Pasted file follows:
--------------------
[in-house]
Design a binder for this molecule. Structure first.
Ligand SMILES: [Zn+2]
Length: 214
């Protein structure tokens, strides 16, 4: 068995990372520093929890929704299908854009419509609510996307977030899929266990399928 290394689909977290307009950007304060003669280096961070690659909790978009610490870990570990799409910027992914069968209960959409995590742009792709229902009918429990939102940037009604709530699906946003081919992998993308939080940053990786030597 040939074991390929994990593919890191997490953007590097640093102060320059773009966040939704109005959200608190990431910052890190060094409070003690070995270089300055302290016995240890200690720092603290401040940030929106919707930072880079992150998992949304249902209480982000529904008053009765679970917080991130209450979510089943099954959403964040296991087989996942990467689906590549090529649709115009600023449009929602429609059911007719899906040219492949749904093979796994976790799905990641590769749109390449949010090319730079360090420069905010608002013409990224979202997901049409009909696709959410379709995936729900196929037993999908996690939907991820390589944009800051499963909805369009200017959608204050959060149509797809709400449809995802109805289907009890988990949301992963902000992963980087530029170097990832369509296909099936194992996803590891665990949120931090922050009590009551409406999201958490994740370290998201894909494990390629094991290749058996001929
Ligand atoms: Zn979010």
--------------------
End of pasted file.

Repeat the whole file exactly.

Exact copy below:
[in-house]
Design a binder for this molecule. Structure first.
Ligand SMILES: [Zn+2]
Length: 214
């Protein structure tokens, strides 16, 4: 068995990372520093929890929704299908854009419509609510996307977030899929266990399928 290394689909977290307009950007304060003669280096961070690659909790978009610490870990570990799409910027992914069968209960959409995590742009792709229902009918429990939102940037009604709530699906946003081919992998993308939080940053990786030597 040939074991390929994990593919890191997490953007590097640093102060320059773009966040939704109005959200608190990431910052890190060094409070003690070995270089300055302290016995240890200690720092603290401040940030929106919707930072880079992150998992949304249902209480982000529904008053009765679970917080991130209450979510089943099954959403964040296991087989996942990467689906590549090529649709115009600023449009929602429609059911007719899906040219492949749904093979796994976790799905990641590769749109390449949010090319730079360090420069905010608002013409990224979202997901049409009909696709959410379709995936729900196929037993999908996690939907991820390589944009800051499963909805369009200017959608204050959060149509797809709400449809995802109805289907009890988990949301992963902000992963980087530029170097990832369509296909099936194992996803590891665990949120931090922050009590009551409406999201958490994740370290998201894909494990390629094991290749058996001929
Ligand atoms: Zn979010």